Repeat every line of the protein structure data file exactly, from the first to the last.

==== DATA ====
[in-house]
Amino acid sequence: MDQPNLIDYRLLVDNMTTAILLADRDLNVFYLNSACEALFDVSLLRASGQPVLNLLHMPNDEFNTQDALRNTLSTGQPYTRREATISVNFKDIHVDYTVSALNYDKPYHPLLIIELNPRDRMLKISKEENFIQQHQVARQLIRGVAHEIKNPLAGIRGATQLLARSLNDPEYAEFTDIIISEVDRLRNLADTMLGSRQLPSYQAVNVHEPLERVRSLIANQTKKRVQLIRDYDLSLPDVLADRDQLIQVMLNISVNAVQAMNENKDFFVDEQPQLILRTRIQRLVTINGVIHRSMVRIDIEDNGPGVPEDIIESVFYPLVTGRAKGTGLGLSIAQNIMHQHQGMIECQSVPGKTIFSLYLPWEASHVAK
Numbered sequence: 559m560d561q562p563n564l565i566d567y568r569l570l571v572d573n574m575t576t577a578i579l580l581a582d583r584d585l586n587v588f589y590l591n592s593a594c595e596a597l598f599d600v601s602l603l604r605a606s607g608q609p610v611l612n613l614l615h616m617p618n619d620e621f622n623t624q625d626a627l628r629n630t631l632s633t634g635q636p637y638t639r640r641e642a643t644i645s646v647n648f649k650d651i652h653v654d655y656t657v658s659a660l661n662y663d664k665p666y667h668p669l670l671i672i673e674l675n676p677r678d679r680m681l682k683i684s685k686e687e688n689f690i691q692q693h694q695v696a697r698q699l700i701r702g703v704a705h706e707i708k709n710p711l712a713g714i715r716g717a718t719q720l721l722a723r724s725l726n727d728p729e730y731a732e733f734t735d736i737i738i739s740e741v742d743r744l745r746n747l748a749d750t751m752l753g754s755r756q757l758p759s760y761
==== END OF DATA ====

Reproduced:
[in-house]
Amino acid sequence: MDQPNLIDYRLLVDNMTTAILLADRDLNVFYLNSACEALFDVSLLRASGQPVLNLLHMPNDEFNTQDALRNTLSTGQPYTRREATISVNFKDIHVDYTVSALNYDKPYHPLLIIELNPRDRMLKISKEENFIQQHQVARQLIRGVAHEIKNPLAGIRGATQLLARSLNDPEYAEFTDIIISEVDRLRNLADTMLGSRQLPSYQAVNVHEPLERVRSLIANQTKKRVQLIRDYDLSLPDVLADRDQLIQVMLNISVNAVQAMNENKDFFVDEQPQLILRTRIQRLVTINGVIHRSMVRIDIEDNGPGVPEDIIESVFYPLVTGRAKGTGLGLSIAQNIMHQHQGMIECQSVPGKTIFSLYLPWEASHVAK
Numbered sequence: 559m560d561q562p563n564l565i566d567y568r569l570l571v572d573n574m575t576t577a578i579l580l581a582d583r584d585l586n587v588f589y590l591n592s593a594c595e596a597l598f599d600v601s602l603l604r605a606s607g608q609p610v611l612n613l614l615h616m617p618n619d620e621f622n623t624q625d626a627l628r629n630t631l632s633t634g635q636p637y638t639r640r641e642a643t644i645s646v647n648f649k650d651i652h653v654d655y656t657v658s659a660l661n662y663d664k665p666y667h668p669l670l671i672i673e674l675n676p677r678d679r680m681l682k683i684s685k686e687e688n689f690i691q692q693h694q695v696a697r698q699l700i701r702g703v704a705h706e707i708k709n710p711l712a713g714i715r716g717a718t719q720l721l722a723r724s725l726n727d728p729e730y731a732e733f734t735d736i737i738i739s740e741v742d743r744l745r746n747l748a749d750t751m752l753g754s755r756q757l758p759s760y761